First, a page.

You may have heard the term “resistance training” before, but do you really know what it means? And when it comes to maximizing training, what’s the best resistance…body or weight? The answer might be simpler than you think!
The most fundamental definition of resistance training is any exercise that requires you to move your body against resistance. And, again in the most basic sense, resistance can be defined as any force that makes it more challenging for you to move your body.
When you move your body against resistance, you build muscle. According to Dr. Vonda Wright, an internationally-recognized expert on sports medicine: “Maintaining and building muscle is good for your metabolism, makes you strong, prevents injury, and lifts your mood.”
Typically, the force you’re resisting is weight, but that doesn’t mean resistance training requires you to use weights! The weight in question can simply be the weight of your own body. And if you have joint problems or other health issues that make load-bearing exercise challenging, you create resistance by using exercise bands or doing a pool workout.
If you’re a fit person who loves a challenge and wants to maximize the impact of your workouts, you may be wondering whether choosing a dumbbell or barbell workout over a bodyweight workout gives you a competitive advantage. Or is bodyweight the better choice? Here’s what you need to know.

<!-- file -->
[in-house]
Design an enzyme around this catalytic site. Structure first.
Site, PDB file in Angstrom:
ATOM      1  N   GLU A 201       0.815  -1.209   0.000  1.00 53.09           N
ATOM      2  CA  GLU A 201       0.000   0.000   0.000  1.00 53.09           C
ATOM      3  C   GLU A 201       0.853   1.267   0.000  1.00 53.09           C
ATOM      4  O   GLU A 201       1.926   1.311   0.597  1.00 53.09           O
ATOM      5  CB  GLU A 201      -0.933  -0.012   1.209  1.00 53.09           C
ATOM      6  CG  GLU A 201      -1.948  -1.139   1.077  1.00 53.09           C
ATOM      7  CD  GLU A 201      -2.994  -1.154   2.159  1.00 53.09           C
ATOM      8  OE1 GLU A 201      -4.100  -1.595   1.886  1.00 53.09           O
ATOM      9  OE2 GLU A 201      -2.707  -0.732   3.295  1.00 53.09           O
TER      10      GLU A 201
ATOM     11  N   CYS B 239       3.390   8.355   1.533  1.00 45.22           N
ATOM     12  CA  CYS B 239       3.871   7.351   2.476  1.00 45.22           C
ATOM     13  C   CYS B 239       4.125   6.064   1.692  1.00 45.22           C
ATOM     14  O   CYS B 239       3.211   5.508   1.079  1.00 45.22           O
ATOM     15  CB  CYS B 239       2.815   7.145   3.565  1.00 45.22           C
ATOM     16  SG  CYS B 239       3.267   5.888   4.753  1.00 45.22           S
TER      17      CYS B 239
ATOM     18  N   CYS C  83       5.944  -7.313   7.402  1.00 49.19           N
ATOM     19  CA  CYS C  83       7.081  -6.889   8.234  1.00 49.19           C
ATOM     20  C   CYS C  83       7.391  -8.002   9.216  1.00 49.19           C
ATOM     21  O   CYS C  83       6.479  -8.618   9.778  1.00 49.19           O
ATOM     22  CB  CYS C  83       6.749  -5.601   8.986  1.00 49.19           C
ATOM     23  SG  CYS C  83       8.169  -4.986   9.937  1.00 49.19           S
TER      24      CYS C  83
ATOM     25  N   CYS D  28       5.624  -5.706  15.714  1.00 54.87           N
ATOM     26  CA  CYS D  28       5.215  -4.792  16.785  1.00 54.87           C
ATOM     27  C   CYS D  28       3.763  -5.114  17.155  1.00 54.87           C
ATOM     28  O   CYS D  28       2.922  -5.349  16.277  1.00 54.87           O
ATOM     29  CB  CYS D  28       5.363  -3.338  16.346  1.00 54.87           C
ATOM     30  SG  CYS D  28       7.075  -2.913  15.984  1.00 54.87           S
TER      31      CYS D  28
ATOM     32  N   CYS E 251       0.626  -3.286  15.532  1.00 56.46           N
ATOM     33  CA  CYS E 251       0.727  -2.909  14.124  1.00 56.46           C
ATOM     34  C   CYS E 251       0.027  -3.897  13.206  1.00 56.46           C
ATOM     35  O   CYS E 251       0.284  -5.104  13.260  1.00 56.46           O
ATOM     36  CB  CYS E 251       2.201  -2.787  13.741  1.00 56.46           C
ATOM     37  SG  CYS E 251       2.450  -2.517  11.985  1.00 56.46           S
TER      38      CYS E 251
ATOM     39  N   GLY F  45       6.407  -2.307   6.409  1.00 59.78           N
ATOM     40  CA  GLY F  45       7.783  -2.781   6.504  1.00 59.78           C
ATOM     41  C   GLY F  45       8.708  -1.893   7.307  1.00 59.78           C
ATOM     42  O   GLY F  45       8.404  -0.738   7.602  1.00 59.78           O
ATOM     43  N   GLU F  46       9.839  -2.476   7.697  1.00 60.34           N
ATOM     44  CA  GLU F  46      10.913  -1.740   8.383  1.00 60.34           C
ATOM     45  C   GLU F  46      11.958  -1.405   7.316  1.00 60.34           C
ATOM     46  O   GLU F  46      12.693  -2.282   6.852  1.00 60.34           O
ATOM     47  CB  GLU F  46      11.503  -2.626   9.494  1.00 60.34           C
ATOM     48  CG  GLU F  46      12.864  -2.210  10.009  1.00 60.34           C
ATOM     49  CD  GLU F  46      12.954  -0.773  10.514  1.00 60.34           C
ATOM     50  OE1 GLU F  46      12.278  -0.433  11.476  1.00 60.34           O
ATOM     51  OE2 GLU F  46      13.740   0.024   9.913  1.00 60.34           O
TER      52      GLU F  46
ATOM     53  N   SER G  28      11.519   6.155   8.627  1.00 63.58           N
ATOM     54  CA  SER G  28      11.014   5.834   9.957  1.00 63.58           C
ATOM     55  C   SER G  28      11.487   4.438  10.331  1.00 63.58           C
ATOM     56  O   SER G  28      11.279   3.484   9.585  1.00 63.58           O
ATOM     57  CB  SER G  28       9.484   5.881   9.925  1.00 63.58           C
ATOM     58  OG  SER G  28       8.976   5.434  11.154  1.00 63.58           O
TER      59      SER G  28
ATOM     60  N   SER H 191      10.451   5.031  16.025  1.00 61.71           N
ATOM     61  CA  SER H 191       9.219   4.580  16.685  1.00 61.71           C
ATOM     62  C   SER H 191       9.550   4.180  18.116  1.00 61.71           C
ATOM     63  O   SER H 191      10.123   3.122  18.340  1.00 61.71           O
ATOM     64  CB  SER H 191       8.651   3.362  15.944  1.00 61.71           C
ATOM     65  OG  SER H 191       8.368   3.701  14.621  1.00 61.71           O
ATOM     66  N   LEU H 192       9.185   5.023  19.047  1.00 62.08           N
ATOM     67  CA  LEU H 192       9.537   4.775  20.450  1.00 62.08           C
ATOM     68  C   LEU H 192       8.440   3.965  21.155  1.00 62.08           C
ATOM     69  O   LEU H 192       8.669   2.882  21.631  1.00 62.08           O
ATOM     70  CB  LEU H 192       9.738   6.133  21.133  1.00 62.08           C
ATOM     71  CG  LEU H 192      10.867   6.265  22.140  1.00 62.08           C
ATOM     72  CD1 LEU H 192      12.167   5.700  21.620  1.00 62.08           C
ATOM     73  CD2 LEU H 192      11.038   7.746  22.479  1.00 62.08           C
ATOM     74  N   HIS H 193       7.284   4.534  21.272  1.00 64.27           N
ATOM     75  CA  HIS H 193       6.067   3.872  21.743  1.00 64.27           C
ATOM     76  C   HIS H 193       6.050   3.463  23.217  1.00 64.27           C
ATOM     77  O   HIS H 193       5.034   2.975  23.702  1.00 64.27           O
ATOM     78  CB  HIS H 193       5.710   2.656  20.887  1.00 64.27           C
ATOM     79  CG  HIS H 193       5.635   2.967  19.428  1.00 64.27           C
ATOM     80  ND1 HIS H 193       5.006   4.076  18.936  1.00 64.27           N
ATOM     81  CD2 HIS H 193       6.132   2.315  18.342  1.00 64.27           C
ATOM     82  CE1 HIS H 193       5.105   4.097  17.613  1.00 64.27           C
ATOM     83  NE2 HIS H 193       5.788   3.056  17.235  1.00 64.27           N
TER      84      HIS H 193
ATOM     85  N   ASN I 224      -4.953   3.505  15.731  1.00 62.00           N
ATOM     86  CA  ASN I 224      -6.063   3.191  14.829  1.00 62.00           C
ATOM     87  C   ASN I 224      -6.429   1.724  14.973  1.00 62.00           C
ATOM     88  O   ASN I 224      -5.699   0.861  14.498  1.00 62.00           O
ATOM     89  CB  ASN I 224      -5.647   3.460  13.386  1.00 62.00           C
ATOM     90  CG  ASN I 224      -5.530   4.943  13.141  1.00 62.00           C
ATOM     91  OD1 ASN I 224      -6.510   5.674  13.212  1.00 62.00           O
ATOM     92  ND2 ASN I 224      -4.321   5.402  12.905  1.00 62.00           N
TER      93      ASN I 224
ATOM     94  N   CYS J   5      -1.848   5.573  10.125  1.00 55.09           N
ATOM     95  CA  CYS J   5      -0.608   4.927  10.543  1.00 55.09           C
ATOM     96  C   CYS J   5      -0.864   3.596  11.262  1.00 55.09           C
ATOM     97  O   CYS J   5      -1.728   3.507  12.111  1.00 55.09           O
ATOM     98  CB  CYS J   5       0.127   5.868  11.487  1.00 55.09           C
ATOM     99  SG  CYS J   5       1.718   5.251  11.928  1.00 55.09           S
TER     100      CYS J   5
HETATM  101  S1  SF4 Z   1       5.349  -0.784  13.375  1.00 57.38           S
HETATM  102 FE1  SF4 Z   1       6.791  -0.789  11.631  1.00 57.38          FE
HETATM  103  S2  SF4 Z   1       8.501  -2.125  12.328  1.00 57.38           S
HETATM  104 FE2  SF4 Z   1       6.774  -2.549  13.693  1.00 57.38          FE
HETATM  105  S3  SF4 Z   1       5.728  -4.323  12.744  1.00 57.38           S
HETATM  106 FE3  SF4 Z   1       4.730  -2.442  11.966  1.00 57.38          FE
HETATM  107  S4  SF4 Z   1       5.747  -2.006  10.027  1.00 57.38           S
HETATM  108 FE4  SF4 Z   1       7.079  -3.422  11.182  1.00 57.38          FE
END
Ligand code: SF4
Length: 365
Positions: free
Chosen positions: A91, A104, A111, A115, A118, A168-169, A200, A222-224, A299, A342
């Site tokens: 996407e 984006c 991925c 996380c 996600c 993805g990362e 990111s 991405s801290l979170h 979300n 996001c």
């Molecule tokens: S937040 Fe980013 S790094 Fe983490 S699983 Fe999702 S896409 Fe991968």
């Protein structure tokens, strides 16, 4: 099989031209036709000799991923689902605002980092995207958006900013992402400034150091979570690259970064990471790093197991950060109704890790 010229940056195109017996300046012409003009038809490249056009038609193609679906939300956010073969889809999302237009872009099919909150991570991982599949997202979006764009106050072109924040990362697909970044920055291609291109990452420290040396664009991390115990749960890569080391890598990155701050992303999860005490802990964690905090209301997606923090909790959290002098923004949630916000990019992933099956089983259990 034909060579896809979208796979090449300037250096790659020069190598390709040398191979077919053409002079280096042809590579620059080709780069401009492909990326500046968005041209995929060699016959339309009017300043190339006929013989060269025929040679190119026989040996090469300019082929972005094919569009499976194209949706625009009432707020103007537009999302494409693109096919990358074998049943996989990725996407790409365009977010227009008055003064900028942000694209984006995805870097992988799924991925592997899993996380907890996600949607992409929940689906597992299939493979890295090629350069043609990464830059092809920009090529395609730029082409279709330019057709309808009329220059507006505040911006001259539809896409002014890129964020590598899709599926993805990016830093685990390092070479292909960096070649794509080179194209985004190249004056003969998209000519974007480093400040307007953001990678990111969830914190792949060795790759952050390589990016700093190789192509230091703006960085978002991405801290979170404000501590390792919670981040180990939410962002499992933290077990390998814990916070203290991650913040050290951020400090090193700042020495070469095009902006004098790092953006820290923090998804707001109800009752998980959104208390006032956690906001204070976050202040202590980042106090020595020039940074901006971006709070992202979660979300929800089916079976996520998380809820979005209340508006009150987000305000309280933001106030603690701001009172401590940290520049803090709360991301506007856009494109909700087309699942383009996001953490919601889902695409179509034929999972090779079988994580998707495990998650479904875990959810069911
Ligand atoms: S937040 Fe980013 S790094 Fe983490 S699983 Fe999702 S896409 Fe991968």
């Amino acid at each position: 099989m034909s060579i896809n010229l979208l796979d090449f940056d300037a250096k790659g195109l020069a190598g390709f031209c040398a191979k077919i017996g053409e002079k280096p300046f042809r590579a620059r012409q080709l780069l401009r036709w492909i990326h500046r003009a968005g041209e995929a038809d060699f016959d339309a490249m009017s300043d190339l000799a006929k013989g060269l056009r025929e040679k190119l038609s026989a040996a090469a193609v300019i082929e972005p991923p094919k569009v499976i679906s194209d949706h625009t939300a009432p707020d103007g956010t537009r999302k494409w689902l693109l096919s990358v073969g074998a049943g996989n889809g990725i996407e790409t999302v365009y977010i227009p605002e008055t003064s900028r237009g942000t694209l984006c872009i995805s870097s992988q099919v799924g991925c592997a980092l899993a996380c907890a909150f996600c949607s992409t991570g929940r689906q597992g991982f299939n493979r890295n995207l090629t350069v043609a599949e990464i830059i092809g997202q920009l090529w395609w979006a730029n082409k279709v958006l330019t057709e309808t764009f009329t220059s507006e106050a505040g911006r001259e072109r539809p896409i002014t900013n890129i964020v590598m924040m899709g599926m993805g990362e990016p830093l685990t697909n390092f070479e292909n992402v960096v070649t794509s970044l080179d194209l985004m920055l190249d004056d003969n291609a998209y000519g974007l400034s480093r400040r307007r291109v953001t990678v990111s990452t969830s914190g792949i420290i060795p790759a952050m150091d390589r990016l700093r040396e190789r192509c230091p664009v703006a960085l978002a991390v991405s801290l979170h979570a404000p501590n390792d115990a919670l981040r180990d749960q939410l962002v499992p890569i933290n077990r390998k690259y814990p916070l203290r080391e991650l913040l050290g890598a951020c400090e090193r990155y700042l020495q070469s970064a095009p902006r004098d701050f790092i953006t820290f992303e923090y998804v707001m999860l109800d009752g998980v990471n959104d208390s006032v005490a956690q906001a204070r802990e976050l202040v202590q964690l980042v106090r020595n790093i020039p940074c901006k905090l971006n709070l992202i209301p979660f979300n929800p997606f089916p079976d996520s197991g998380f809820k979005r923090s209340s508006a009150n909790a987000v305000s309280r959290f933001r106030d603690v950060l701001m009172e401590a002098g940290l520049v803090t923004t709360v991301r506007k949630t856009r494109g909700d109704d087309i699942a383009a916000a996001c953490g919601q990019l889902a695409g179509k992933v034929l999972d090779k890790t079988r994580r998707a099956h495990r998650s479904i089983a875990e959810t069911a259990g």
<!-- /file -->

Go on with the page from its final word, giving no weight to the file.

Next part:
In the matchup of your body vs. weights, there is no clear winner. In fact, the best approach may be to combine different methods since each has unique benefits. Some benefits of bodyweight training, for example, are that it requires no equipment, involves no start-up costs, and can be done virtually anywhere. And for weights workouts, many appreciate how clearly you can mark your progress and increase the difficulty of different exercises simply by adding more weight to the bar or choosing a heavier dumbbell.
If you truly want to maximize the effectiveness of your resistance training, consider alternating your exercise approaches. That might mean lifting weights on Monday, then taking a class that uses resistance bands on Tuesday, then doing bodyweight exercises on Wednesday, and so on. Give yourself permission to shake it up and try new things!
Whether you’re mastering an Olympic lift or perfecting your push-ups, the following tips from Harvard HEALTHbeat will help you work out in the most effective way possible.
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